by Bo Lidegaard
$28.95 List Price
“This is not a novel,” says Poul Hannover, witness to this amazing story of the Holocaust. “No fancy trimmings.”
None are needed in Bo Lidegaard’s Countrymen. Lidegaard, the editor in chief of Danish newspaper Politiken, has pain-stakingly reconstructed an extraordinary story. And he tells it with the assurance of a journalist who knows he’s making literature.
Denmark had scarcely resisted the German invasion in April 1940, accepting Nazi occupation “under protest.” (The Germans preferred the term “under protection.”) For the next three years, the Danes were haunted by such questions as Why didn’t we put up a proper fight? and Was it right for politicians to have cooperated with the occupying power? As Lidegaard puts it, “There were no easy answers. . . . The war had amply demonstrated that even much larger countries could not stand against Germany.” So was it wrong for the Danes to have shunned the inevitably punishing outcome of armed resistance? Most Danes probably agreed with their prime minister, Thorvald Stauning, who recommended that they “play for time”—and “avoid . . . major disasters.”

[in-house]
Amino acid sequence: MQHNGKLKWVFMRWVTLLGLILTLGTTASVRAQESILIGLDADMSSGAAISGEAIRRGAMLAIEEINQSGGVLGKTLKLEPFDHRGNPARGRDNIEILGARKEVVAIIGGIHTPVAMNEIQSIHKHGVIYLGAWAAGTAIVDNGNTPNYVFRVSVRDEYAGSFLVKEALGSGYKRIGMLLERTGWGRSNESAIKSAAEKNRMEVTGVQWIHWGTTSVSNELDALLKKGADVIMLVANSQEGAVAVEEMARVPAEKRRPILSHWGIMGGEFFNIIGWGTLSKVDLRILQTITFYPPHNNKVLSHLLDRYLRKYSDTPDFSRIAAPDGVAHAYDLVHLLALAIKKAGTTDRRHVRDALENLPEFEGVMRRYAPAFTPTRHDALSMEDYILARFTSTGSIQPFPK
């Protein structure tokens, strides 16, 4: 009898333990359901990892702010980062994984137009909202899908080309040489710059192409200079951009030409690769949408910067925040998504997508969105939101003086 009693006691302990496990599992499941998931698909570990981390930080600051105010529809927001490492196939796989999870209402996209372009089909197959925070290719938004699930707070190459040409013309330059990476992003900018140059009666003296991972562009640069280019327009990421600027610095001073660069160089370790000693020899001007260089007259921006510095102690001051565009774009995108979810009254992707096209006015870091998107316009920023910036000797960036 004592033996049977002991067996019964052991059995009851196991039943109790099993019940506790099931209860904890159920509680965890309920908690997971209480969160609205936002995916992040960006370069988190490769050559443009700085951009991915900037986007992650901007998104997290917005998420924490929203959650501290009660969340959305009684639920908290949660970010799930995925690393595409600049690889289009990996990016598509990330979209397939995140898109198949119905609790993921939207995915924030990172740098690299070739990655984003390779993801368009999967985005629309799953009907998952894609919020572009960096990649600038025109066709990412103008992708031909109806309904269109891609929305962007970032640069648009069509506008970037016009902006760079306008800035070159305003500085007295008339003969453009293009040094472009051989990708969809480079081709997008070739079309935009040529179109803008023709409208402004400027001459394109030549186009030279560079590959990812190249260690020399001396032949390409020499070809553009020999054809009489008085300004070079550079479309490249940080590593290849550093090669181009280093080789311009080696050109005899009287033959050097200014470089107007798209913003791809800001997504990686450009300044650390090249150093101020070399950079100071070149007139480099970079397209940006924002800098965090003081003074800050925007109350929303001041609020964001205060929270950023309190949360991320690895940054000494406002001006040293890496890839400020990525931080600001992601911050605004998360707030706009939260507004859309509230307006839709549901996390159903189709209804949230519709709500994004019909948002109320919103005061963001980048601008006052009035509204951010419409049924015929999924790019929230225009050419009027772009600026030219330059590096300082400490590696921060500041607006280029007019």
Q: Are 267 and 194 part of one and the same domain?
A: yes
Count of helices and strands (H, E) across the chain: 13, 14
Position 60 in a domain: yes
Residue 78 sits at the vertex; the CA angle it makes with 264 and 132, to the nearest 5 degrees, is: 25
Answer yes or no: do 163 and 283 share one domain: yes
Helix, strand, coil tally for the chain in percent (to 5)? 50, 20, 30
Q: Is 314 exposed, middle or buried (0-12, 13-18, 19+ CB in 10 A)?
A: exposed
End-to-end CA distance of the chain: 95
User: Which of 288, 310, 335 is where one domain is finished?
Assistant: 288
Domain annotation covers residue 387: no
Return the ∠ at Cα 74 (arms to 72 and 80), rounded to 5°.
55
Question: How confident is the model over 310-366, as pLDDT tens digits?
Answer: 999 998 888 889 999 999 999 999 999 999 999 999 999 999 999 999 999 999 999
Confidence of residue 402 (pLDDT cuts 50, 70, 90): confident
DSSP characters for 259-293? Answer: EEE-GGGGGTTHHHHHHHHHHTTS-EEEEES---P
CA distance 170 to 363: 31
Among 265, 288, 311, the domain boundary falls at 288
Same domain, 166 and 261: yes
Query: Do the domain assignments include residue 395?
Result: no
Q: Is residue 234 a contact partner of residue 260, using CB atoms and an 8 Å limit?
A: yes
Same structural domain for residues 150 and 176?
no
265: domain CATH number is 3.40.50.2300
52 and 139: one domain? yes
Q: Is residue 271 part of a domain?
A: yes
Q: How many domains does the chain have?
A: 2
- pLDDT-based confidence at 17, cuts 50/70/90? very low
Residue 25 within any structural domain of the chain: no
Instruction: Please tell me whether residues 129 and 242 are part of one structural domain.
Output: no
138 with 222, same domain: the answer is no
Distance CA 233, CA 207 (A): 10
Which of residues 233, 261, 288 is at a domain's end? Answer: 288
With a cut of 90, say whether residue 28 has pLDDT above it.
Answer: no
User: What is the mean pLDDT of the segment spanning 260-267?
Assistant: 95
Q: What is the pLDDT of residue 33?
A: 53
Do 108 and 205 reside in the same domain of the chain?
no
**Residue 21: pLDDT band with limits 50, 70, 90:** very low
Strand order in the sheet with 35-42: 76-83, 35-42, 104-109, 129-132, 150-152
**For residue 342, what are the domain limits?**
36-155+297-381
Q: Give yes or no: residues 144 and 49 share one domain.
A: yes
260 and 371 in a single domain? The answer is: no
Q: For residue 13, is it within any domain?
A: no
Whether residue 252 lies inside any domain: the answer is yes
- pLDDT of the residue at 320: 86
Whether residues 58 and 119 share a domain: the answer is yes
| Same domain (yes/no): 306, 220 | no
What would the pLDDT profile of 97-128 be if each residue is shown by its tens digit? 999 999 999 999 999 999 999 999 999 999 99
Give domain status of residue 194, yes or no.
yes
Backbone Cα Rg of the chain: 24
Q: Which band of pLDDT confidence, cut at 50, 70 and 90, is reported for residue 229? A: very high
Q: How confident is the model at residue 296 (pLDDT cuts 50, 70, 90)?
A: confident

As it turned out, the Danes seized the next opportunity to prove their courage. By the close of 1943, there were 150,000 German soldiers in Denmark, then a country of about 3.8 million people. But the war news by the summer of that year emboldened the Danes, and by August there were sporadic strikes and even sabotages of equipment and supplies intended for the Wehrmacht. Cooperation between the Danish and German governments came to an abrupt end, and martial law was imposed.